Barry LyndonDirector: Stanley Kubrick
With ornate imagery reminiscent of paintings from the story's 18th century period, Stanley Kubrick's adaptation of William Makepeace Thackeray's novel depicts the rise and fall of a sensitive rogue in the British aristocracy. Young Irishman Redmond Barry (Ryan O'Neal) leaves home to seek his fortune after apparently killing an English officer in a duel. Through a series of mishaps and accidents, Barry winds up fighting with the Prussian army in the Seven Years' War under the command of Capt. Potzdorf (Hardy Kruger); at war's end, Potzdorf enlists Barry to spy on a shady Chevalier (Patrick Magee). Instead, Barry joins up with the Irish Chevalier to flee Prussia and live as gamblers among Europe's elite. Wishing to climb even higher, Barry soon meets the beautiful Lady Lyndon (Marisa Berenson), marrying her for her fortune after her older titled husband dies. Her son Lord Bullingdon (Leon Vitali), however, despises the upstart Barry, and, regardless of how his mother may feel, sees to it that the re-named Barry Lyndon will never be able to stake his claim to the entrenched aristocracy. Coming after Kubrick's esteemed hits 2001 (1968) and A Clockwork Orange (1971), Barry Lyndon opened with high expectations and met with decidedly mixed responses to its restrained tone. Even with Oscar nominations for Best Picture and Best Director (and wins for Cinematography, Art Direction, Costumes, and Adapted Score), Barry Lyndon was a box office failure, as mid-'70s audiences increasingly turned away from such narrative challenges as its epic length and muffled emotions. Since then, Barry Lyndon has gained in stature, taking its place among the formidable artistic achievements of Kubrick's career.
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Cast & Crew
|Ken Adam||Production Designer|
|Milena Canonero||Costumes/Costume Designer|
|Brian Cook||Asst. Director|
|Vernon Dixon||Set Decoration/Design|
|Robin Gregory||Sound/Sound Designer|
|Jan Harlan||Executive Producer|
|Leonard Rosenman||Musical Arrangement|
|Bill Rowe||Sound/Sound Designer|
|Ulla-Britt Soderlund||Costumes/Costume Designer|
|Michael Stevenson||Asst. Director|
|David Tomblin||Asst. Director|
|Roy Walker||Art Director|
|Bernard Williams||Associate Producer|
Most Helpful Customer Reviews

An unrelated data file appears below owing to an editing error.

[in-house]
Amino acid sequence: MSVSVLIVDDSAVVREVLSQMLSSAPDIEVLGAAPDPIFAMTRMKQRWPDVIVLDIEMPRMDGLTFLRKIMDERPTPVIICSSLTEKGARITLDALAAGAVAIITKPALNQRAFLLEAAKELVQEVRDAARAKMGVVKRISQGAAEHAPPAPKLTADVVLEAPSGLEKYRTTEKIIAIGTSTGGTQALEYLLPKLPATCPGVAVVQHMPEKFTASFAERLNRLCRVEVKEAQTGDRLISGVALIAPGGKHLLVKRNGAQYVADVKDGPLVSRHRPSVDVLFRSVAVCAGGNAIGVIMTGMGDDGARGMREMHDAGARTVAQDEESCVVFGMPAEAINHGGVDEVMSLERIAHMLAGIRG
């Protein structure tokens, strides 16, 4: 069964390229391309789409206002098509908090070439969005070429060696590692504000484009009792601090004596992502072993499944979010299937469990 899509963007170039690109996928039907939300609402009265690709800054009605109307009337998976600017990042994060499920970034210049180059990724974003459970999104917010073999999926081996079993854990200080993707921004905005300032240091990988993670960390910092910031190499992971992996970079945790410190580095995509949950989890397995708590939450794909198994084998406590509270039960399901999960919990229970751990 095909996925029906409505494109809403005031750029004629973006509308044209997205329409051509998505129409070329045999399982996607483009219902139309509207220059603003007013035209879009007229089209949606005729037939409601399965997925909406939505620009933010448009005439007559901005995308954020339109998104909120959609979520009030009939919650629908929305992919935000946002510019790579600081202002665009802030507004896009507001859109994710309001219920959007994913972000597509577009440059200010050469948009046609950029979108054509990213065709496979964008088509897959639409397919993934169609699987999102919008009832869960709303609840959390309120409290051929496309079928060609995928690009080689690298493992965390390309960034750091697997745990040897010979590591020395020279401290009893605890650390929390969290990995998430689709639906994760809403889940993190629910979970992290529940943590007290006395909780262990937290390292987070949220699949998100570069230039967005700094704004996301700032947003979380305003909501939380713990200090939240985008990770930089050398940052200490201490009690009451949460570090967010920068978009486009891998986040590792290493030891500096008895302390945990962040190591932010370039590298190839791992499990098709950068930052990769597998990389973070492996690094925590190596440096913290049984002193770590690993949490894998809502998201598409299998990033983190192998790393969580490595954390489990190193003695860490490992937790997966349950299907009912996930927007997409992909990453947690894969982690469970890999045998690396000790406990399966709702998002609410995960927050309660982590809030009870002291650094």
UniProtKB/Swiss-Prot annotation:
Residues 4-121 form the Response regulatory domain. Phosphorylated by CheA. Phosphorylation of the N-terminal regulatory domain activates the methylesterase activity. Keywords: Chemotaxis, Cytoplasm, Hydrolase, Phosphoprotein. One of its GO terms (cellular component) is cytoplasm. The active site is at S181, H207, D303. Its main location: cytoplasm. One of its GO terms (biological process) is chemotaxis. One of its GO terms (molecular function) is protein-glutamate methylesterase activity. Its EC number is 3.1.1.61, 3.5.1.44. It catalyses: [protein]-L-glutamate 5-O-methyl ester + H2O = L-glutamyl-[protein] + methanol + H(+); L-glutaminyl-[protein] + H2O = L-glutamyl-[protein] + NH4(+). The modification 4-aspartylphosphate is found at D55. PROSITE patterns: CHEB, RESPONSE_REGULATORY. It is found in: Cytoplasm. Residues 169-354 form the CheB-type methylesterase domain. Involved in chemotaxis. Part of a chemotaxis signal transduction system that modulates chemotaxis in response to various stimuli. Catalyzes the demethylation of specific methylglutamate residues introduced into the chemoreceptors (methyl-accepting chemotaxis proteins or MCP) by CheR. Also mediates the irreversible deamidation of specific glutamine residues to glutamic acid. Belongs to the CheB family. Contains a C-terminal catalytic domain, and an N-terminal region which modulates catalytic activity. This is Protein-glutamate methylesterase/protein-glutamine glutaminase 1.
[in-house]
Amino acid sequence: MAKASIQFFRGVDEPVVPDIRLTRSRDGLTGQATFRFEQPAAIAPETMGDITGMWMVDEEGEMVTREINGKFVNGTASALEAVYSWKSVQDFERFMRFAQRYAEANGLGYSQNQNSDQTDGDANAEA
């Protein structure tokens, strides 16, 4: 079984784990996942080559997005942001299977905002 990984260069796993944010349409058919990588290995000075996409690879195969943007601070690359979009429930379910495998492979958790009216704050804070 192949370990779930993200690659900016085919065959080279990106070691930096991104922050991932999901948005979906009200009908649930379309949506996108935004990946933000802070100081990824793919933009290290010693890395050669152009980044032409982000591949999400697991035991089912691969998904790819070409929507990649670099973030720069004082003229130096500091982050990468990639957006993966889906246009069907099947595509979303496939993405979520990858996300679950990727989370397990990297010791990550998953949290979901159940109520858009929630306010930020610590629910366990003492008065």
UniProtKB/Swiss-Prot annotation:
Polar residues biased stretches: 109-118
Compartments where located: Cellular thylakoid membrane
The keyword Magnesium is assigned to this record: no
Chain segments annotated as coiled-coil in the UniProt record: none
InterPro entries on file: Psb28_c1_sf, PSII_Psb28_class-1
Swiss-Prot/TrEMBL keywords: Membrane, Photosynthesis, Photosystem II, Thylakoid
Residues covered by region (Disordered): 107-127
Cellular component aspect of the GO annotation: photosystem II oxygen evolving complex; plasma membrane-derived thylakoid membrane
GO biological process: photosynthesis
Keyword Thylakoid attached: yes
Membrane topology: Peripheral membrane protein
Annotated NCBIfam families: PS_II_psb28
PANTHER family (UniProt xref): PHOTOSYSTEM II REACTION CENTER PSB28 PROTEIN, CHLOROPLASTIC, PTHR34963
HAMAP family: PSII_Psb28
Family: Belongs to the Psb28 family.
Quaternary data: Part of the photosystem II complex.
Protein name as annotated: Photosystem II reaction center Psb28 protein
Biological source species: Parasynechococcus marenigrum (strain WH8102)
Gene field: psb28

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Stanley Kubrik's 1975 film on a low-born Irish upstart (Ryan O'Neil) who leaves his home after a family feud to pursue wealthy opportunities. Ryan O'Neil was not a great choice for the lead role. One can see that he's rather uncomfortable in playing a period piece: his accent sounding more and more American each step into the movie. The screenplay is well balanced and the story is well paced. As always, Kubrik's obssession with detail and stylized scenes bring out vivid images of 18th century Europe. Filmed in natural light, this narrative epic's brilliant direction and cinematography alone makes it a worthwhile viewing experience.
One of my all-time favorite movies. Yes, the pacing is very slow but that was the 18th century. The ponderous music sets the tone just right. Barry is the classic tragic hero who causes his own downfall, leaving destruction in his wake. Kubrik's movies always require at least 2 viewings.
This film once again displays Kubrick's excellent use of the environment to create a vivid visual experience. It is perhaps one of the most beautifully shot films I've ever seen. Aside from the scenery, the performances are upstanding and the story is witty. This film is another entry in a fabulous tradition of films that only a great director like Kubrick could have created.
Is how Harvard Lampoon regarded this when it first appeared. However, both Fellini and Scorcese regard this as a masterpiece. Who you gonna believe..? This holds up incredibly well. It makes all those Merchant Ivory films look positively limp. BL is subtle and funny, deeply upsetting and EXTREMELY beautiful. So Ryan was not a great choice for the lead, but he doesn't get in the way either. By the end of the first half you may be exhausted and not really care what happens, but keep watching as the downfall of Barry is chilling and exciting. There are some wrong notes(the epilogue is pointless)but this is a great film.